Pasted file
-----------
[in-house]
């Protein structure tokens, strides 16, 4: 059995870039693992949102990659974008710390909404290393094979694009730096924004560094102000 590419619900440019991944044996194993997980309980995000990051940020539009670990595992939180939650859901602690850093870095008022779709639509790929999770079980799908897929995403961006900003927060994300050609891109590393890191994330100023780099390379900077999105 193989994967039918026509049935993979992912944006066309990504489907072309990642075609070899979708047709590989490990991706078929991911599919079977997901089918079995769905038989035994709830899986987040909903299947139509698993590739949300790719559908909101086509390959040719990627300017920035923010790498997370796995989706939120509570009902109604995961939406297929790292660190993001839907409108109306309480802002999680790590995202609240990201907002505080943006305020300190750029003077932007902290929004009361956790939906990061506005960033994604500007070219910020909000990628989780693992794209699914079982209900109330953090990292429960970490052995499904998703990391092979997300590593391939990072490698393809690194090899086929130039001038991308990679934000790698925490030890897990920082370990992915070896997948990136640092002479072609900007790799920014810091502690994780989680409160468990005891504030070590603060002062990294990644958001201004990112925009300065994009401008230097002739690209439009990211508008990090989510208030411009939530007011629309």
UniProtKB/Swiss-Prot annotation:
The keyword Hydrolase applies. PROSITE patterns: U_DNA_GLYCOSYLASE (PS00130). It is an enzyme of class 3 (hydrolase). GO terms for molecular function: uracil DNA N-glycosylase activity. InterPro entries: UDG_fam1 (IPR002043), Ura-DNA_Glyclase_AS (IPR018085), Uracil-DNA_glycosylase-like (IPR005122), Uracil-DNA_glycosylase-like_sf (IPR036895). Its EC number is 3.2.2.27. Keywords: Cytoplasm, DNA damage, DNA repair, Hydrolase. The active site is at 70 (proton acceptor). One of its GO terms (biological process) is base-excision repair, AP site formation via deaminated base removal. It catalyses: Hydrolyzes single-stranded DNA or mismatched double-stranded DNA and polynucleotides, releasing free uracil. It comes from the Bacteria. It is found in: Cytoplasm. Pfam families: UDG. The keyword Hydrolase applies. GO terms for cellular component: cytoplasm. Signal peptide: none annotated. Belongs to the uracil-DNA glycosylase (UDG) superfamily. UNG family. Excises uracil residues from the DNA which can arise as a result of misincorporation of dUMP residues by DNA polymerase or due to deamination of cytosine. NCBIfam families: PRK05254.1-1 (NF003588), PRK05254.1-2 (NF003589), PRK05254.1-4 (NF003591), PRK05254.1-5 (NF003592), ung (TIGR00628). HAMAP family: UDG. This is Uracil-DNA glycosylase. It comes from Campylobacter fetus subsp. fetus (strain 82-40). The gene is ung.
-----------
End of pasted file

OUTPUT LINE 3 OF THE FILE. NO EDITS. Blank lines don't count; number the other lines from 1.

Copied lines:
UniProtKB/Swiss-Prot annotation: